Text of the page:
2) Chilling your sheets before bed
Despite being a short-term solution, chilling your sheets in a sealed bag in the fridge for a couple of hours before you go to sleep can help you feel cooler. Although your own body heat will heat up the sheets fairly quickly, it can help your body cool in that period, which in turn could help you drift off to sleep easier.
3) While you’re out of the house, close your curtains
When you leave your curtains open, it allows sunlight to come through and essentially heat the area like a greenhouse. When closed, the curtains will prevent this greenhouse effect beyond your window sill and keep your house much cooler.
4) Unplug electrical plugs that aren’t in use
Plug sockets that are filled with electronics that you aren’t using will generate more heat. If the plugs become too hot, especially in a heatwave, it increases the chance of a fire hazard as well. So it may be a good idea to lose the unnecessary electricals at this time of year!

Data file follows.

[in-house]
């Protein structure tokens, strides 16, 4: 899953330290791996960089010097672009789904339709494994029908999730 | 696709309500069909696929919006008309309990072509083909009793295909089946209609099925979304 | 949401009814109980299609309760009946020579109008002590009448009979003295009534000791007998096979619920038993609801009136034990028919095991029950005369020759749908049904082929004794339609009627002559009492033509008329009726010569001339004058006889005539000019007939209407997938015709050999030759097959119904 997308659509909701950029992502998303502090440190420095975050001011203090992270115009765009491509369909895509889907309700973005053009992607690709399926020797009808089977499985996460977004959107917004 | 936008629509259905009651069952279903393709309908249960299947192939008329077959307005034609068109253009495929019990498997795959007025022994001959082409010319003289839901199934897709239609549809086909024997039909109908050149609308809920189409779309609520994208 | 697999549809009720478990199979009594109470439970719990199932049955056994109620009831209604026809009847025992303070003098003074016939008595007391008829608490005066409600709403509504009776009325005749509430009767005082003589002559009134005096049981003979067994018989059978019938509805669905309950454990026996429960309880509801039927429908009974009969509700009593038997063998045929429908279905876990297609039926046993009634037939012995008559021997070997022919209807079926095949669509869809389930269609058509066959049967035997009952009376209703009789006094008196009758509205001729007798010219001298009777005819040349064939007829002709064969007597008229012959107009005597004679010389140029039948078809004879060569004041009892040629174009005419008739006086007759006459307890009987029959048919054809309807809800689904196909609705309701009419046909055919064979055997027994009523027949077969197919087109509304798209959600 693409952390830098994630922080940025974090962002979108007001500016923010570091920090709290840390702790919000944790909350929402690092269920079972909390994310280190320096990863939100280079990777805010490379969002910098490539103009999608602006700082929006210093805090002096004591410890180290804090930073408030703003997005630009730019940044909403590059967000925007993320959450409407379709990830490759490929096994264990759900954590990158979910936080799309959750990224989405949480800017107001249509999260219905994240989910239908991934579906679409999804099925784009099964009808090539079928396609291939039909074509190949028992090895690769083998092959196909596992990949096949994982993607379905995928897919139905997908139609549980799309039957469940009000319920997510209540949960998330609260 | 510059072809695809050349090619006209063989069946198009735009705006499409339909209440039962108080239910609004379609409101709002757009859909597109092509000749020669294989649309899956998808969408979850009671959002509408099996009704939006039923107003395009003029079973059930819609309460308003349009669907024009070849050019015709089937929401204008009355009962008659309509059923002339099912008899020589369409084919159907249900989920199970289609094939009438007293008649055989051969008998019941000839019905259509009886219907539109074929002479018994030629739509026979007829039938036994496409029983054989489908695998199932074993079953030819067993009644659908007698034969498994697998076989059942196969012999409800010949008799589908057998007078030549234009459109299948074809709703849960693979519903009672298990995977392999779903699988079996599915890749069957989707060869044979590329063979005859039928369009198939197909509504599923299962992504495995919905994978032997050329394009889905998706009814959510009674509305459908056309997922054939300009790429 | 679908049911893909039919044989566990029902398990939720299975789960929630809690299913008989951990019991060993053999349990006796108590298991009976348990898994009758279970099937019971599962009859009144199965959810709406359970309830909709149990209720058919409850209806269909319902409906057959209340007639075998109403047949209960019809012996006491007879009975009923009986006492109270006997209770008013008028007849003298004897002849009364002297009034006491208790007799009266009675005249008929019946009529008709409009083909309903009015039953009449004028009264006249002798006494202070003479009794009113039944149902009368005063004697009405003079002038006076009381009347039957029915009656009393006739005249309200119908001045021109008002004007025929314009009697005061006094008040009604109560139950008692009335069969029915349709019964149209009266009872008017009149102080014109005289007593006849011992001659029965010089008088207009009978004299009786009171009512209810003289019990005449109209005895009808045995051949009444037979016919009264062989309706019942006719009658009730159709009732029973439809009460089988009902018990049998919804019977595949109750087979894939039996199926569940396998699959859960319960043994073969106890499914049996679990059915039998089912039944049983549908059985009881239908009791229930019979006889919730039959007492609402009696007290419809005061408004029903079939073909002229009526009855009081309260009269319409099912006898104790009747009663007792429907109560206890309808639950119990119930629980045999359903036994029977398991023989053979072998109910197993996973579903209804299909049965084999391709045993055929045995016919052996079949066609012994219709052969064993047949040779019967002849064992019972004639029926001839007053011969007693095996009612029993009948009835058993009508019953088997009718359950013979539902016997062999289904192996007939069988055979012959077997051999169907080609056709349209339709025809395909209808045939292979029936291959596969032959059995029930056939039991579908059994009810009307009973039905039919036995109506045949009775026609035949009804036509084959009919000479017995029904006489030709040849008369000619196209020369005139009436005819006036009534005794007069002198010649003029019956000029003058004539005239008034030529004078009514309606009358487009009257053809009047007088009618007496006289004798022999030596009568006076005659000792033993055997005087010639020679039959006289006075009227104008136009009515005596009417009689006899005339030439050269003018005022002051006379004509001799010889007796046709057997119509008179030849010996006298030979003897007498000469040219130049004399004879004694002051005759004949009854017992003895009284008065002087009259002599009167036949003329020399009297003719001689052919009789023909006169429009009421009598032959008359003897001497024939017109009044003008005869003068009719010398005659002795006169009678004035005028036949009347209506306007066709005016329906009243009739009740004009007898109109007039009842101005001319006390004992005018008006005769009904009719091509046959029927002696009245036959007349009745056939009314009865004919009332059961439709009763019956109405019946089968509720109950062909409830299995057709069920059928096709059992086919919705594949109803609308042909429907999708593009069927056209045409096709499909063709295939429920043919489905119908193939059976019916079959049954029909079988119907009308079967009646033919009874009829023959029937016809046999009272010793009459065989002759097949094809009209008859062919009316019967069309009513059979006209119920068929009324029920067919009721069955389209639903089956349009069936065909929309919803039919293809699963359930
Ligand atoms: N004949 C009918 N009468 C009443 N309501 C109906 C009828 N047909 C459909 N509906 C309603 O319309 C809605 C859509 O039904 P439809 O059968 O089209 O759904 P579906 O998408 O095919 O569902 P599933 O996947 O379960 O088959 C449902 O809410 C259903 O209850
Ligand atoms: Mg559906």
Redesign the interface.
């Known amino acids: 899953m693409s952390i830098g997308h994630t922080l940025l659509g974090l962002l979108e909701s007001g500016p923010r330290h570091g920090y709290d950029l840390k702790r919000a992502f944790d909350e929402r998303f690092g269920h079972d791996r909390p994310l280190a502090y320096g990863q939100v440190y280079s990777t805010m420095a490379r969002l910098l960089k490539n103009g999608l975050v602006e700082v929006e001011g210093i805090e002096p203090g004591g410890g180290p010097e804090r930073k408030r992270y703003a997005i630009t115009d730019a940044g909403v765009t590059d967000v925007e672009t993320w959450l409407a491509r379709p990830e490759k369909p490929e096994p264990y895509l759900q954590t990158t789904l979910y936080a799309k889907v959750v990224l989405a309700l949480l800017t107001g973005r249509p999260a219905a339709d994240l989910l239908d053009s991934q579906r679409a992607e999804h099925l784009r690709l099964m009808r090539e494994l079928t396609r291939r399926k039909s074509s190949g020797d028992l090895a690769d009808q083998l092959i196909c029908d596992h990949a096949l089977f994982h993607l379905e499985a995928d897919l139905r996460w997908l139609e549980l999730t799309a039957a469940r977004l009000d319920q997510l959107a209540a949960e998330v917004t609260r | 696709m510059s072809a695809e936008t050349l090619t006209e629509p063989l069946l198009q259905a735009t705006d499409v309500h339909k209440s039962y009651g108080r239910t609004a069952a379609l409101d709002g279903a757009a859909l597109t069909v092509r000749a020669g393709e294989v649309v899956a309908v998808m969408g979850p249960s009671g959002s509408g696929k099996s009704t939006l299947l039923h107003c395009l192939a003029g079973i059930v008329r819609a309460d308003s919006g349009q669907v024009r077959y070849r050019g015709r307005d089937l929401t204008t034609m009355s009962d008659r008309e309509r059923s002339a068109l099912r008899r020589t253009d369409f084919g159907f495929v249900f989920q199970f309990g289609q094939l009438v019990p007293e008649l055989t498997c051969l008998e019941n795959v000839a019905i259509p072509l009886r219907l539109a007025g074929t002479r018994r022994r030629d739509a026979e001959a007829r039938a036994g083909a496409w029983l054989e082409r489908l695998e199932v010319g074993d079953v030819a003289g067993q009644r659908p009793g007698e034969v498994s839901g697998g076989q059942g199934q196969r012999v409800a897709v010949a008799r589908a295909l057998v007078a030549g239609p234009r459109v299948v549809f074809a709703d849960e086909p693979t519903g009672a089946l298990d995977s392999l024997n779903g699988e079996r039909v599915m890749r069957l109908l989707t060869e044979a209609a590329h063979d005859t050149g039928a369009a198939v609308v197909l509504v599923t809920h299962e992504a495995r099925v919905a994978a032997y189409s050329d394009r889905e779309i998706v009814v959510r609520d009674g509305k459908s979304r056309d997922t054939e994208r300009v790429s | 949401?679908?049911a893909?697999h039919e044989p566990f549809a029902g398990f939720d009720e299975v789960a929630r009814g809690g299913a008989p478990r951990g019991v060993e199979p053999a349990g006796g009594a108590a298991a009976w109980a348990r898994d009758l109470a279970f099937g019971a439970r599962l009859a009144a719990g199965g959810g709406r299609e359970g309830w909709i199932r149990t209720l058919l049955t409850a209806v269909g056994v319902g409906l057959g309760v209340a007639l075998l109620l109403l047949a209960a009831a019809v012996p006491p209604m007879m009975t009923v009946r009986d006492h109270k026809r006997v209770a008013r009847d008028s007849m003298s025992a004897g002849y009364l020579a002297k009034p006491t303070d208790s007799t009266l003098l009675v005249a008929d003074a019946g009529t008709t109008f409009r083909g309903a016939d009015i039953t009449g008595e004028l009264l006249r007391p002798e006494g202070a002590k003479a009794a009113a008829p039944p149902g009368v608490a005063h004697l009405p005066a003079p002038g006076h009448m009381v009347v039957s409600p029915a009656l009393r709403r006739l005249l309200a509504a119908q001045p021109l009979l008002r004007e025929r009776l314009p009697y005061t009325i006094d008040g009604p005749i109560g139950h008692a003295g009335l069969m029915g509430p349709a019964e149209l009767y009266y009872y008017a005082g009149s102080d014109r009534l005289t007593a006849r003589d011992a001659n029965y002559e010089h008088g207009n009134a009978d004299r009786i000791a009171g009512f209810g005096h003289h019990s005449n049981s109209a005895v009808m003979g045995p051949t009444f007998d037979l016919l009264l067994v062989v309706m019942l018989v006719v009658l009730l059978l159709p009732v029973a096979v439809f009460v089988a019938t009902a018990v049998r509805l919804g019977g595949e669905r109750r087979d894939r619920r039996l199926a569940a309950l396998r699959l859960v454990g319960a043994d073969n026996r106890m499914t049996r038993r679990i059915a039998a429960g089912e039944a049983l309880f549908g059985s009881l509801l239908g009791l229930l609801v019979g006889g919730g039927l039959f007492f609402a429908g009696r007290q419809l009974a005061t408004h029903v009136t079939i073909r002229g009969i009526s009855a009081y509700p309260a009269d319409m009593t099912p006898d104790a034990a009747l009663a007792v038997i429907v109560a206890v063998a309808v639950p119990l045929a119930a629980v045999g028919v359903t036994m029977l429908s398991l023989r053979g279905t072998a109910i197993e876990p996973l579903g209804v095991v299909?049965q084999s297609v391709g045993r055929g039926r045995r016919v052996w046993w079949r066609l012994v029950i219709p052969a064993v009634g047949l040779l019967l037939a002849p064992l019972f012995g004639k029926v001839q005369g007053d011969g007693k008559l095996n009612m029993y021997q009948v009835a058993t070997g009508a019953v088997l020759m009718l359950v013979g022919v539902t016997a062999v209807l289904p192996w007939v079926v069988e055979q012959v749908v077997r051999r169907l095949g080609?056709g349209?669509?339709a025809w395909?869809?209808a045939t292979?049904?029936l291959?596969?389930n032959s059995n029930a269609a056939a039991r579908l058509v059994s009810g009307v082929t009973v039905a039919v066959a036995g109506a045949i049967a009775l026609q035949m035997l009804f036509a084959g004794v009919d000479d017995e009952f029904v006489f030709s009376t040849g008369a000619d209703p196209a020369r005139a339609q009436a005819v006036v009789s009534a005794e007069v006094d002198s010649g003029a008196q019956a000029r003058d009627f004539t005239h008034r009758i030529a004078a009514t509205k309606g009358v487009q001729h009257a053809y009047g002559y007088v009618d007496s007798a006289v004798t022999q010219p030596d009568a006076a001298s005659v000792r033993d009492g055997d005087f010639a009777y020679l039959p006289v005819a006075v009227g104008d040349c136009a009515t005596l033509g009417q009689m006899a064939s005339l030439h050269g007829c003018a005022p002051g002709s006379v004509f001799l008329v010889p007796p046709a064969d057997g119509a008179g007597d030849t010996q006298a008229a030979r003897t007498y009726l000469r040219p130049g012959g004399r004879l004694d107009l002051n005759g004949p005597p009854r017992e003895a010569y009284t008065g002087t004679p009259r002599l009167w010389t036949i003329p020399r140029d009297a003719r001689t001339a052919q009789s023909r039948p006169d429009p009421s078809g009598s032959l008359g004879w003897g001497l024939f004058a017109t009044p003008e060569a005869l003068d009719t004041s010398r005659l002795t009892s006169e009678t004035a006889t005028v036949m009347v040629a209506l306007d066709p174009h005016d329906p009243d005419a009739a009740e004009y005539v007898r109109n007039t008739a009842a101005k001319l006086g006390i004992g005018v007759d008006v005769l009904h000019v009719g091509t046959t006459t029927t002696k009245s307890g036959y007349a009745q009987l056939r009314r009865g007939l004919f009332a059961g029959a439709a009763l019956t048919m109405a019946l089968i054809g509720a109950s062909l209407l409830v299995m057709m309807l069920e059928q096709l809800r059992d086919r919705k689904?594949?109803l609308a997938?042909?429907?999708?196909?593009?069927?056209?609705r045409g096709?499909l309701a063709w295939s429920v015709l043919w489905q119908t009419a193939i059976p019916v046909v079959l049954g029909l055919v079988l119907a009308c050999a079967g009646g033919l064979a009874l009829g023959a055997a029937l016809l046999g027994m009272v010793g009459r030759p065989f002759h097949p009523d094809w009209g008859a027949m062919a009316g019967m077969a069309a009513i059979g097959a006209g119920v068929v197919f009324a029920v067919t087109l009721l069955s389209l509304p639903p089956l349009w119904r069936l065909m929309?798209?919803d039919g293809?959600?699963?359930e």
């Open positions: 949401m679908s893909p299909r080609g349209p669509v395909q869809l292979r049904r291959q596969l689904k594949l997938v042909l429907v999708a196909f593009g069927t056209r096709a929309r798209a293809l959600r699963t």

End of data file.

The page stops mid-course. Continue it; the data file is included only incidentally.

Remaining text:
5) Invest in Kool-Ties or Cooling Vests
Kool-Ties are simply something you tie around your neck, can work for up to three days, and cool the whole body through cooling your neck. Cooling Vests have special cooling crystals incorporated into the material which are soaked in cold water, then can hold the temperature for a substantial period of time.
Other ways to help keep cool in this hot weather can be taking regular cold drinks and wrapping a cold damp towel around your neck.
This week, 17-21 June 2019, is Loneliness Awareness Week. Introduced by The Marmalade Trust three years ago, the theme aims to remove the stigma around loneliness and combat people feeling this way. In order to do this, we need to encourage people to talk about it more.